Tuesday, November 08, 2011

China's Structural Economic Problems Coming Home to Roost?

The Chinese banks are in serious trouble. They have papered over losses. The bank books in China aren’t giving an accurate picture of their true financial position. In the US this is fraud. In China, it’s supported by the government.

The Chinese government has a lot of competing interests to control. It is virtually impossible to have a long term successful centrally planned economy in a country as large and diverse as China.

I have heard stories of how the Chinese simply take huge tracts of land and develop it . The concept of property rights and individual rights are non-existent. It’s impressive to see how they have built amazingly gargantuan cities practically overnight. Underneath all of that, the foundation is unsteady. _PointsandFigures

Al Fin economists have been warning about the structural problems within China's economic structure for years now. Slowly but surely, the overt reality is catching up to the covert reality which had triggered the alarm bells within the Al Fin Economic Institute, years ago.
...China’s growth is likely to slow to 8.7 percent next year, 6.6 percent in each of the four years after that, and then average 3.5 percent per year between 2017 and 2025. It has long been an article of faith inside China and among most China watchers that the country needs 9 percent growth per year to avoid widespread instability.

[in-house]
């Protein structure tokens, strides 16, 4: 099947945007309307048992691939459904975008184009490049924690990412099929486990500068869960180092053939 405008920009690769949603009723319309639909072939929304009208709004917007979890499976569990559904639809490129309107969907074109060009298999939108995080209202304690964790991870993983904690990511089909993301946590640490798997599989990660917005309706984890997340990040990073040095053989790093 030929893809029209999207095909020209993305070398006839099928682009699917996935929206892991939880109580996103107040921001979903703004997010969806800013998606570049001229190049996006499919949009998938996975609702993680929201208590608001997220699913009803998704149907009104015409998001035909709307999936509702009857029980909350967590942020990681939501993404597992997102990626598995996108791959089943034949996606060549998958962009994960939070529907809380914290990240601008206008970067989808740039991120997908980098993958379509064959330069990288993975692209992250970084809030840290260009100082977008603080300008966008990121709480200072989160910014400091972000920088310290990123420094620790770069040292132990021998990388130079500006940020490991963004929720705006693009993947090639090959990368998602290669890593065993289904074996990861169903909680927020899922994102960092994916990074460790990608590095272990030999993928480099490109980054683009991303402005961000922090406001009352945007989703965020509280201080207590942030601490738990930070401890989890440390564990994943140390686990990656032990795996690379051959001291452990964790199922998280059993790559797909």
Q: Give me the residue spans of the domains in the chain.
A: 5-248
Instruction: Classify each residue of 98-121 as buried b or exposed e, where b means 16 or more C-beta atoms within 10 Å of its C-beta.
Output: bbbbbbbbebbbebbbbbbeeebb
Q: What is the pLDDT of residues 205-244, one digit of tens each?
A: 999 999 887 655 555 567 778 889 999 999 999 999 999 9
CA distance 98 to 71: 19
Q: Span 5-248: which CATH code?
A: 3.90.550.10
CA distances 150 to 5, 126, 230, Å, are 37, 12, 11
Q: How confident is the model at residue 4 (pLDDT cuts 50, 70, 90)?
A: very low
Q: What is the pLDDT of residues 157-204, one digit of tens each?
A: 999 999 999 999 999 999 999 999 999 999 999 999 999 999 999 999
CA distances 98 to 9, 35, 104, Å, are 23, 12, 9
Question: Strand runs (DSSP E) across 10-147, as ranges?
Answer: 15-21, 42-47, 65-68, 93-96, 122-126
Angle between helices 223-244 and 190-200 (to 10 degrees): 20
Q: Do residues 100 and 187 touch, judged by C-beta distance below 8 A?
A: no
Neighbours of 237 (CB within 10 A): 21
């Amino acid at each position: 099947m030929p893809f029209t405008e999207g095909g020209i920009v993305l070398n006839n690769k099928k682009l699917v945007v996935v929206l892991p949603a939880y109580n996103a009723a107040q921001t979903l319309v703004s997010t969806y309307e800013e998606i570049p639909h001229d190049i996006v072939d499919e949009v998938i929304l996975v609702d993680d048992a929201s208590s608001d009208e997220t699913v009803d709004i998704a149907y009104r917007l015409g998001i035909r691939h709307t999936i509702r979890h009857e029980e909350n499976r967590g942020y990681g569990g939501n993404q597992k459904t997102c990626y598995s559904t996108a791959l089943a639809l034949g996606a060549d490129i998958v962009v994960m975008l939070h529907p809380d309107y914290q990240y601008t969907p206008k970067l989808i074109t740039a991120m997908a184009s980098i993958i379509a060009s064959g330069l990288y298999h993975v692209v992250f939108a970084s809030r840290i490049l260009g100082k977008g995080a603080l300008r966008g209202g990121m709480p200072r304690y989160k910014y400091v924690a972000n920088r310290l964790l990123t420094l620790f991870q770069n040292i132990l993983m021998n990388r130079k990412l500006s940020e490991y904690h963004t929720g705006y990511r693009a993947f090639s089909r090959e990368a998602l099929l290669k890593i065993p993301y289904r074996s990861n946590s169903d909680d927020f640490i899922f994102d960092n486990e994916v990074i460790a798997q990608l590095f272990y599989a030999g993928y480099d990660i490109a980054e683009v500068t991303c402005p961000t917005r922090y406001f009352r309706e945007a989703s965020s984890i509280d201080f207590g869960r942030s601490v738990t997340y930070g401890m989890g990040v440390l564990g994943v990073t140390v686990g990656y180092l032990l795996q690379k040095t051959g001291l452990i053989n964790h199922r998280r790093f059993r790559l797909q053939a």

If China’s growth decelerates that fast, that far, the biggest question in world politics won’t be how the rest of us will accommodate China’s rise. The question will shift to whether China can last.

The report, well covered in the Wall Street Journal, is a sober read. Overall, world growth is expected to decline, with both China and India leading the decline. The advanced countries are expected to recover from the current slump, but growth will remain anemic for years to come. In other parts of the developing world, growth could slow to a crawl, presumably reflecting poor demand for basic commodities in a slow growth world. _WalterRussellMead
As the economies of India, China, Brazil, Turkey, Russia, etc. slow down, the decline of the BRICS will trigger a secondary decline in commodities producing nations, as demand for commodities fails to keep up with supplies.

Regimes across the globe will fall, rise, and fall again in the resulting economic and political instability. Wars will be triggered -- and if the world is lucky, they will be confined to local regions, and not be allowed to escalate to global and nuclear scales.

The mass delusions of carbon hysteria, global resource scarcity, exponential growth in demand, overpopulation doom, and all the rest of the lefty-green instigated wild-goose-chases which have led to such great resource misallocation, will die a long overdue death.

The challenge will be to maintain the momentum of advanced research and technology which will allow the global population to move up to a cleaner and more abundant future. This can never happen as long as the lefty-greens maintain influence.

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